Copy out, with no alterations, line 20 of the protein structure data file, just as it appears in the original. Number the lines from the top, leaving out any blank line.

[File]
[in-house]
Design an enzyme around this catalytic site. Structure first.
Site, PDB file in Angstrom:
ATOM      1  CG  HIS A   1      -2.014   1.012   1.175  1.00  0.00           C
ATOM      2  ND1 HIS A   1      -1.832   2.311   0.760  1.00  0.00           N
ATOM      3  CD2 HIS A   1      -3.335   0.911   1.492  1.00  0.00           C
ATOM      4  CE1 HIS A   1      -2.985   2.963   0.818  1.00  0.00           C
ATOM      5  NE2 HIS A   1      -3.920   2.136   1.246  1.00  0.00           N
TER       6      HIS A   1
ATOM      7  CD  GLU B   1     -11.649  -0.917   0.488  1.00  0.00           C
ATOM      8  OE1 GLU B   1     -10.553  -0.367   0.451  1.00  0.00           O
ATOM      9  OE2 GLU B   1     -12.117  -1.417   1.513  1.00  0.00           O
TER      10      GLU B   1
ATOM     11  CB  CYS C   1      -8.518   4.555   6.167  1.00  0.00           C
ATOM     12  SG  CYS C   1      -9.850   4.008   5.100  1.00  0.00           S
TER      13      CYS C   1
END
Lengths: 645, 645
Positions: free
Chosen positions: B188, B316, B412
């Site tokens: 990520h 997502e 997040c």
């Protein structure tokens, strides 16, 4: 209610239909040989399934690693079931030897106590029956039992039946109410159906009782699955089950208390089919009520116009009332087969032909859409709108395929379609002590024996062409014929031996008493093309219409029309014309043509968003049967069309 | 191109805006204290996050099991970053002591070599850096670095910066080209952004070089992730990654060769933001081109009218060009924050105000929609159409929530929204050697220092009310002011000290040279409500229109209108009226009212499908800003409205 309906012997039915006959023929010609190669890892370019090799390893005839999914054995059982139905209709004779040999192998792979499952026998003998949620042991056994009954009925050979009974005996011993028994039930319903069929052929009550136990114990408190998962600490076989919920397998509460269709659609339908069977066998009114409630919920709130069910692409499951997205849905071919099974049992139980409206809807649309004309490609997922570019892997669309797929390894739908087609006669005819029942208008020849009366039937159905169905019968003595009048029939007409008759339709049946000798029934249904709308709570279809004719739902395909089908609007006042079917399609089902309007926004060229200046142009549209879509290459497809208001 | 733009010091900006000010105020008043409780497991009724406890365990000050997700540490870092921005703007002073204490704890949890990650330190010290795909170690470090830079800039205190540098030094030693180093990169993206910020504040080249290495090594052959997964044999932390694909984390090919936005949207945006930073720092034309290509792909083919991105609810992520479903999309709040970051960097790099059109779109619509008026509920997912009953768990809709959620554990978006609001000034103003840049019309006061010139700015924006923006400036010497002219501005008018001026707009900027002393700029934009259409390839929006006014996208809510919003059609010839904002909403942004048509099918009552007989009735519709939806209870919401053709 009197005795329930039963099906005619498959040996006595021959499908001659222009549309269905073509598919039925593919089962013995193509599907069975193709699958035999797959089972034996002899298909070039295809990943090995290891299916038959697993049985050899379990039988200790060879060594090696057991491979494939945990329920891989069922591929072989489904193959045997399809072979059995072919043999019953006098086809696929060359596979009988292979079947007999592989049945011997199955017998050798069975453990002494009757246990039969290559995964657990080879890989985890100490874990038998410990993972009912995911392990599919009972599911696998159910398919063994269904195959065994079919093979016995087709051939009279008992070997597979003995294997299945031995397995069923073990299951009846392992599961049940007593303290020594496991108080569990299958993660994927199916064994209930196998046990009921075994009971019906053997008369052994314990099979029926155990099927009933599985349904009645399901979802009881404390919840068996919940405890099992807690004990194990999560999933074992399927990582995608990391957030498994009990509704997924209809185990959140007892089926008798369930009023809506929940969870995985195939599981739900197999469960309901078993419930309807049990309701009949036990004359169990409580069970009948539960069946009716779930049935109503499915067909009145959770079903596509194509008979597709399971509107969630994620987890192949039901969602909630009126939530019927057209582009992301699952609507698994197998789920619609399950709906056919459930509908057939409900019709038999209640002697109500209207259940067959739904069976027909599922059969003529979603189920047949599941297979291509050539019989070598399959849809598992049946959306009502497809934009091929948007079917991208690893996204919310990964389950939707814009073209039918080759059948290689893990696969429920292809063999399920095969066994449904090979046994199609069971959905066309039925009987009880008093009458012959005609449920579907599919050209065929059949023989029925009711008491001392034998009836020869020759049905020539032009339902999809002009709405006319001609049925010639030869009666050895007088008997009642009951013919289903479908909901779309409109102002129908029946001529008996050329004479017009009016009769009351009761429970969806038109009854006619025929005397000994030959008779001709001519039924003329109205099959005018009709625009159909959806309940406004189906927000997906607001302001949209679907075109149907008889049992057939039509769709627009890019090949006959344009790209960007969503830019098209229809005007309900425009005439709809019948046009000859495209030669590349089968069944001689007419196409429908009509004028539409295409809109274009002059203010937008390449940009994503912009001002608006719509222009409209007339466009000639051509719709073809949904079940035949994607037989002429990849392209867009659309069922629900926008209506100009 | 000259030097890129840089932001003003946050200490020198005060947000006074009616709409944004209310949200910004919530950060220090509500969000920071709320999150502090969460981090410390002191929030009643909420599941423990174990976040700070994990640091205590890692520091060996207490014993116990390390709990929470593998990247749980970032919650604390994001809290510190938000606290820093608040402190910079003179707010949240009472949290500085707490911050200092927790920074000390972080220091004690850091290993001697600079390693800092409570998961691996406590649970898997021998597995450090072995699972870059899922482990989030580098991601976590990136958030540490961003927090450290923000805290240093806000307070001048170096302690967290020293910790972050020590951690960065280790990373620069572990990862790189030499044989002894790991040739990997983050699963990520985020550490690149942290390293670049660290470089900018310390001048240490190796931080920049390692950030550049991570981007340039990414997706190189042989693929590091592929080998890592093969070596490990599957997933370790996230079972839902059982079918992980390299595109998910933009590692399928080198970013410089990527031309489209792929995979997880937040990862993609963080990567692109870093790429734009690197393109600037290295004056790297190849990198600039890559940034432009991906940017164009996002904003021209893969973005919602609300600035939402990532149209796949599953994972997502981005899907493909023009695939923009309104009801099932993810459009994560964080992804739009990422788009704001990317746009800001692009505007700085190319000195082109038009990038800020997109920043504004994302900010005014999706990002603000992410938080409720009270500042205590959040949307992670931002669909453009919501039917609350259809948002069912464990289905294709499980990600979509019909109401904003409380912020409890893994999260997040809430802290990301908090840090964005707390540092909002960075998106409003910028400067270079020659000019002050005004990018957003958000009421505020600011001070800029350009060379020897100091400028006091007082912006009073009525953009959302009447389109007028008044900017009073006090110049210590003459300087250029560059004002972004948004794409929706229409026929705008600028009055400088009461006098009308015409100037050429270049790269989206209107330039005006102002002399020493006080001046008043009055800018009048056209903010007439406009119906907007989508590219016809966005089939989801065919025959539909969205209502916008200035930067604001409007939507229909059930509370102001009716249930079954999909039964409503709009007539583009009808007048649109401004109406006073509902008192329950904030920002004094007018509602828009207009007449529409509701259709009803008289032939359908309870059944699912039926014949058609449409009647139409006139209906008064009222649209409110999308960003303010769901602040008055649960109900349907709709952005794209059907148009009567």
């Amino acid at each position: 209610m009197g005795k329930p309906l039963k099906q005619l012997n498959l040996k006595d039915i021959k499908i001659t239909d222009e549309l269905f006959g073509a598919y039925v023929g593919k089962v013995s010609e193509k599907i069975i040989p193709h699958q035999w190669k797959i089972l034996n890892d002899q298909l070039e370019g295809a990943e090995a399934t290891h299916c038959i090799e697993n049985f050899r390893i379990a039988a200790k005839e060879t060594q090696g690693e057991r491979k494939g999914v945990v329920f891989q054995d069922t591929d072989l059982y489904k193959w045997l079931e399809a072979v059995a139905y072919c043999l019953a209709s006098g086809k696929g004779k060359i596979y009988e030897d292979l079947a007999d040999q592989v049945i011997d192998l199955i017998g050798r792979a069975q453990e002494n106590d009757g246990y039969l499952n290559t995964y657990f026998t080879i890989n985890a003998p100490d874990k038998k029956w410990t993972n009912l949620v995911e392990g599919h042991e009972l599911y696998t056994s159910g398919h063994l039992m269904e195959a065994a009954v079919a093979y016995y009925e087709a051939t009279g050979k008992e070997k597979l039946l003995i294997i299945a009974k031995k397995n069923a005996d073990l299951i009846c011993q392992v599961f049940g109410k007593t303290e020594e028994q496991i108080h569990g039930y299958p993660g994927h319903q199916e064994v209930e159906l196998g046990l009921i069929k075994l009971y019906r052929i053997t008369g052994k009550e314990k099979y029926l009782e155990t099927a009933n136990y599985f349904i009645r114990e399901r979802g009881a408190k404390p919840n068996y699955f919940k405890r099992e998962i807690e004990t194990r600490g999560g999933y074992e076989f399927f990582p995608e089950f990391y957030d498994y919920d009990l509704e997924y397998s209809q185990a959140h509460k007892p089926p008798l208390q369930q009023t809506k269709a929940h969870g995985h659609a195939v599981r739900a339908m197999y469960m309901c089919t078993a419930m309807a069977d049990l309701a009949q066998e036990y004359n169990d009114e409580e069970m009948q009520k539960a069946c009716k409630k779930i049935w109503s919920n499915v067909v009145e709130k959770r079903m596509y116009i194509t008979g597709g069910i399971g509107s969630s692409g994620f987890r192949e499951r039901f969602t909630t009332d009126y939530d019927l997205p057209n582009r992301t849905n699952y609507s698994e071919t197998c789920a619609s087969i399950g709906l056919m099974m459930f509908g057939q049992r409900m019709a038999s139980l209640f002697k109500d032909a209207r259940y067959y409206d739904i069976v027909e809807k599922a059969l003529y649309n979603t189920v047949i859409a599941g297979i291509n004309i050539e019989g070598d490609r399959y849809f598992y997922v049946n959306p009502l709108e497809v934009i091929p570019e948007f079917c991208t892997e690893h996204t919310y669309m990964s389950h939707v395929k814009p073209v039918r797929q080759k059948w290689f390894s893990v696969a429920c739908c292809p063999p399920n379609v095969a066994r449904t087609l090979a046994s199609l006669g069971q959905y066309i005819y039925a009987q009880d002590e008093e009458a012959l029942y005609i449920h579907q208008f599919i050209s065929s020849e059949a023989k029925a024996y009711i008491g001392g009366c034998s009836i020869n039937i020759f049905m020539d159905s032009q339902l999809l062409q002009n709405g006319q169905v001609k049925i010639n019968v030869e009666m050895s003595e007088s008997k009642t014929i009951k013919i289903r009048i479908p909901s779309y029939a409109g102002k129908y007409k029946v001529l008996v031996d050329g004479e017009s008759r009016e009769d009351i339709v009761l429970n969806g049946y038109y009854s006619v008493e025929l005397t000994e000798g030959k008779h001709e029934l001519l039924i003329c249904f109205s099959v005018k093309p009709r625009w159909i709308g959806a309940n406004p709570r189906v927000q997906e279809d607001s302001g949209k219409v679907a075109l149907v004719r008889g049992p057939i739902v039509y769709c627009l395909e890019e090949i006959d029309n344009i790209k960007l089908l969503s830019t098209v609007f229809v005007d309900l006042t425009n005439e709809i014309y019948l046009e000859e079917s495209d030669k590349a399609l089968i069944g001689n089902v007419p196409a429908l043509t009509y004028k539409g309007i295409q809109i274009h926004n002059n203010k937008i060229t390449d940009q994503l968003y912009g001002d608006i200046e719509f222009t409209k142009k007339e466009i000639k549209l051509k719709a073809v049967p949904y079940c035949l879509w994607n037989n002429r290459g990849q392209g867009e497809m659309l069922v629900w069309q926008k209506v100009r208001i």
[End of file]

Chosen positions: B188, B316, B412